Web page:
Today we meet Toby Hodges from EMBL Heidelberg, who is an organiser and trainer at the upcoming EMBL Course: Computing Skills for Reproducible Research: Software Carpentry (16 – 18 October 2019). At EMBL, Toby supports EMBL’s bioinformaticians, providing training, advice, community building events and resources for computational science.
What is the greatest benefit of the course for the scientific community?
Computational research skills have never been in greater demand, particularly in the biological sciences. To meet this demand, many researchers must learn programming, command line computing, and other techniques required for data analysis. This Software Carpentry course provides a solid foundation for these skills, teaching researchers good practices in software and analysis pipeline development. The skills and experience that researchers gain by participating in the course will promote high-quality, efficient, and reproducible computational science.
What could the techniques in this course be used for in the bigger picture?
Almost anything! Command line computing, programming, and the other skills taught in the course are becoming vital in most areas of biology but are also widely applicable in a lot of other sectors and career paths – web design, journalism, politics, you name it! Of course, we hope that every researcher who attends our workshops will go on to a long and wildly successful research career but, should they choose to go in a different direction, we’re sure that the skills taught here will still prove beneficial.
Are the methods used in this course unusual or new?
New? Certainly not – most of the tools and techniques taught in our course have existed for many years already. What’s unusual, though, is for biologists and bioinformaticians to have the understanding of good practices in software development and workflow management that the workshop provides. Unfortunately, there’s still a lot of poorly-documented and poorly-written scientific software out there. Once they’ve attended our workshop, researchers will be better able to ensure that the programs and pipelines that they create are reproducible and reusable.
In comparison to other training environments, what do you enjoy most about teaching at EMBL?
It’s helpful for us to teach in a relatively informal environment. We find that, when course participants are relaxed, it creates a positive environment in which they can learn. We’re also privileged to have access to such great teaching facilities and to have excellent support from our colleagues in EMBL’s Course and Conference Office, who make it very easy for us to teach these courses.
What is your number one tip related to the course?
Make the most of it, both as an opportunity to learn from the trainers and as a chance to develop your network. The coffee and lunch breaks are a great chance to get to know your fellow course-mates, to share ideas and experiences, and to learn more about everyone else’s journey to this point.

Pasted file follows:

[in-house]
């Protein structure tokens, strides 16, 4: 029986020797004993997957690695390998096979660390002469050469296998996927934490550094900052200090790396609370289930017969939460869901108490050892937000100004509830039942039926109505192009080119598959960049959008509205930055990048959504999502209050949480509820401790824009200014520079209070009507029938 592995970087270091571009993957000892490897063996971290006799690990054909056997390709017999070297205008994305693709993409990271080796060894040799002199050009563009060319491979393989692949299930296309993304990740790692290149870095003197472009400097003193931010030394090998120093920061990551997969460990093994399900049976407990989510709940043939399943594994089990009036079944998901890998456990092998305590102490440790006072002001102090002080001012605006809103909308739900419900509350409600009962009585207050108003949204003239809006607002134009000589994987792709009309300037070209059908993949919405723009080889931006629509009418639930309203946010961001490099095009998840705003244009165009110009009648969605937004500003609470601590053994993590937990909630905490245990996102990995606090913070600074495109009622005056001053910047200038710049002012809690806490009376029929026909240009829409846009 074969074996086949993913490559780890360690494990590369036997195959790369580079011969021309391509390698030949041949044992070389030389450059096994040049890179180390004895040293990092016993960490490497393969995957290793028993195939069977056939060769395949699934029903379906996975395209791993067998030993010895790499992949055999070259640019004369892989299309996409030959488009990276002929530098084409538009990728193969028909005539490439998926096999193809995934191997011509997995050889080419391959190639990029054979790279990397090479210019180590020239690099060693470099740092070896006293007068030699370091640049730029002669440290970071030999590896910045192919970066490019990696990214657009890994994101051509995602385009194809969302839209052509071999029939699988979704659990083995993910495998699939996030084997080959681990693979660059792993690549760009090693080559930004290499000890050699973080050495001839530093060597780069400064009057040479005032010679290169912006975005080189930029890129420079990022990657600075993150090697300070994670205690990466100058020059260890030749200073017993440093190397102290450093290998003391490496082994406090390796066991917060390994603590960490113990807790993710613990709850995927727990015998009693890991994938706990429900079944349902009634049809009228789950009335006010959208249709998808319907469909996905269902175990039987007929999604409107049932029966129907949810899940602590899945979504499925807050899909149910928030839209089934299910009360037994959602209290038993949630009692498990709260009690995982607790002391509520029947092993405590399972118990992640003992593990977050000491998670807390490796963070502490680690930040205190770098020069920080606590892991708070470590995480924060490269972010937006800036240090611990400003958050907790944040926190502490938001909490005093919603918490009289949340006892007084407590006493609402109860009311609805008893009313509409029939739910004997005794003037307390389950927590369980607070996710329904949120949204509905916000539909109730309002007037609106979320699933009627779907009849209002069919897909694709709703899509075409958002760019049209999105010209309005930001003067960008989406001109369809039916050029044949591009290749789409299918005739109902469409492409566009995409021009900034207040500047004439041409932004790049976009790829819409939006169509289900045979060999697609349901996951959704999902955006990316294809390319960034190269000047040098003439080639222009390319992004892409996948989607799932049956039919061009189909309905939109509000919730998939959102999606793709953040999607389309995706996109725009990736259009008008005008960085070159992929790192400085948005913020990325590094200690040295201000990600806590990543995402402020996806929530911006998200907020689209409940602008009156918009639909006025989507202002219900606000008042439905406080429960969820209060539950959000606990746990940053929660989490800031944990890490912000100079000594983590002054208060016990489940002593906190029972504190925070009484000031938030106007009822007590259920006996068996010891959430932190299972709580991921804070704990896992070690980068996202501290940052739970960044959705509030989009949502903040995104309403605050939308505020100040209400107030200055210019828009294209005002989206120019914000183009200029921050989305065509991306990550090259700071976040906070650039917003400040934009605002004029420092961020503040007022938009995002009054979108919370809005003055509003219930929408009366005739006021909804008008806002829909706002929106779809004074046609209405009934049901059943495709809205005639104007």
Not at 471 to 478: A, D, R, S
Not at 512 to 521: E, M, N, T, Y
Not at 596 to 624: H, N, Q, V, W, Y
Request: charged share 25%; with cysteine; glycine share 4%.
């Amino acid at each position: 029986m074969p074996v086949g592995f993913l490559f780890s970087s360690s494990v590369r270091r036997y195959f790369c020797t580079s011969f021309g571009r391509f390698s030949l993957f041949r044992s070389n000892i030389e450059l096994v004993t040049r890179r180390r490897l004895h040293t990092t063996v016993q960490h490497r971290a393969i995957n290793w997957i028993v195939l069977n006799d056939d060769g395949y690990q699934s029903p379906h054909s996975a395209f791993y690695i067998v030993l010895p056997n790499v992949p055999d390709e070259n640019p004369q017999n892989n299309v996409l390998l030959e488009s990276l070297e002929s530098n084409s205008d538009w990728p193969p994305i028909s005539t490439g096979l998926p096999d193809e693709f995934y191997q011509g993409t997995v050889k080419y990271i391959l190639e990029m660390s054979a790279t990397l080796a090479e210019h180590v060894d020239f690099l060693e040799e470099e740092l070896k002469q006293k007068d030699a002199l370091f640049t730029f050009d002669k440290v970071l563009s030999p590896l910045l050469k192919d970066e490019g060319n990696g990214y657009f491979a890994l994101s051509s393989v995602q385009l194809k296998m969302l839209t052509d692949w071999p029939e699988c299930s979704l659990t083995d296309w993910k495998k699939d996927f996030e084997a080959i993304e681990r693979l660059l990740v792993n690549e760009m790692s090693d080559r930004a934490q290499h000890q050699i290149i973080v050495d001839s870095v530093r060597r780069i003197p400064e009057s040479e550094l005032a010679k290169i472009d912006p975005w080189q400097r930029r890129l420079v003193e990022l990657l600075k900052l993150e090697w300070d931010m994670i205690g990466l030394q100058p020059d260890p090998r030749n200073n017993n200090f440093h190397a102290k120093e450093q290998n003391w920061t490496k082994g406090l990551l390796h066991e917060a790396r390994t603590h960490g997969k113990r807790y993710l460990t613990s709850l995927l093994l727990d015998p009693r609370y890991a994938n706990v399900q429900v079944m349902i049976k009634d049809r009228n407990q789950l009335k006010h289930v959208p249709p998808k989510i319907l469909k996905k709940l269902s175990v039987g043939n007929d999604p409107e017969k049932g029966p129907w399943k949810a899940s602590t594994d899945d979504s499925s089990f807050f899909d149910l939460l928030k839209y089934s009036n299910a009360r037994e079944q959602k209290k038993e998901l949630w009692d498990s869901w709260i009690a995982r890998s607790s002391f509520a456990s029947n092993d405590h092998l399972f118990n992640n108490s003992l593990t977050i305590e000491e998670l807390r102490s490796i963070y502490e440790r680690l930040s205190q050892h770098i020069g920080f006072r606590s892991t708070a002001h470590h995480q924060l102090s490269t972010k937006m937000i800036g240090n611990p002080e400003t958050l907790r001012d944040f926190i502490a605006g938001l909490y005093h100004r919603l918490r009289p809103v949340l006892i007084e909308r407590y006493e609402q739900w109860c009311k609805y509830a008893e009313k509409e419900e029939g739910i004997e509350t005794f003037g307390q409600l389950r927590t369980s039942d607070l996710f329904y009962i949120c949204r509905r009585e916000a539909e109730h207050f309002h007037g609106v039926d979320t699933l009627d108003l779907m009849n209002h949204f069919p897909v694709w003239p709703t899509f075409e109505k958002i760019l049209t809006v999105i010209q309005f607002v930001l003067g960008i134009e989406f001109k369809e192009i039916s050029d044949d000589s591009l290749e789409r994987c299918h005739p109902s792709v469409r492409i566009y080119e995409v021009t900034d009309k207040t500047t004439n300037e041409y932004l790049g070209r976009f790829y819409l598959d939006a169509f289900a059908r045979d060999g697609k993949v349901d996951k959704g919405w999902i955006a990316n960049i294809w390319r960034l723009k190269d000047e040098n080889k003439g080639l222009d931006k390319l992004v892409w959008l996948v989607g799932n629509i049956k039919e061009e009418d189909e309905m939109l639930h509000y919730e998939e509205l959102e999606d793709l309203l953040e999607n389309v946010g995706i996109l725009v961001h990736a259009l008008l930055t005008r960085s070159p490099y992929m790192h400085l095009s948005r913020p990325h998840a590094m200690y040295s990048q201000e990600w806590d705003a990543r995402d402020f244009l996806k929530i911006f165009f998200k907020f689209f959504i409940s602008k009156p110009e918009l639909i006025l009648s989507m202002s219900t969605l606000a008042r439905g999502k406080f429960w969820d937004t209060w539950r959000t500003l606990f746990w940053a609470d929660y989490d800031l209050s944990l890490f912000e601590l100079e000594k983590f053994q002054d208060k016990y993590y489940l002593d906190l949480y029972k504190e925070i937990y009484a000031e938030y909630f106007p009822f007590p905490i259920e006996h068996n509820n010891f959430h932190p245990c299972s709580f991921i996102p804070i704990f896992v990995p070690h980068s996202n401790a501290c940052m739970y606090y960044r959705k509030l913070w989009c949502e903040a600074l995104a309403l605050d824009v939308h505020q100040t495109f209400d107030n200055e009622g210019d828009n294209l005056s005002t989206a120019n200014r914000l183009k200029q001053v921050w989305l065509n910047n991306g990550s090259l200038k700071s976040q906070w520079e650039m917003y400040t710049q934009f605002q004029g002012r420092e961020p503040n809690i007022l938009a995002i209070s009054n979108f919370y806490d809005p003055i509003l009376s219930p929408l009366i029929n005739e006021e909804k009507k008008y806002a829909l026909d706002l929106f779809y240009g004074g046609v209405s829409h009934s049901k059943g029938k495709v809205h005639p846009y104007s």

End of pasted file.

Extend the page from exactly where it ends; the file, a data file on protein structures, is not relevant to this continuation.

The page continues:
What challenges is your research field facing?
It’s becoming increasingly important to think about how we manage our research data. The volume of data produced in a typical experiment has become enormous in recent years and we’re scrambling to catch up. It’s vital that our research data is well-annotated and retrievable so that others can re-use it and reproduce our results in the future, but ensuring this can be challenging. The other major challenge to my work is the sheer volume of different research techniques, tools, and data formats being used in modern biology. Bioinformatics has such a diverse ecosystem of tools and file formats, which is developing at a breathtaking pace. It can be difficult to stay up-to-date.
Where is science heading in your opinion?
The future of biological research will increasingly involve the integration of many different types and formats of data into a single experiment or study. We already see this in multi-omics studies and the increasing combination of imaging and single-cell sequencing techniques and I expect the trend to continue towards these integrated approaches.
What was your first ever job?
Stacking shelves in a supermarket.
If you were a superhero what power would you have?
If I could choose: the ability to never make a typo. If I don’t get to choose then, sadly, it would probably be deafeningly loud voice.
What is your bucket list for the next 12 months?
After a very hectic few years, my main target for 2019 is to get better at saying “no” to things.
What is your favourite recipe?
Michael Chu’s Classic Tiramisu: http://www.cookingforengineers.com/recipe/60/The-Classic-Tiramisu-original-recipe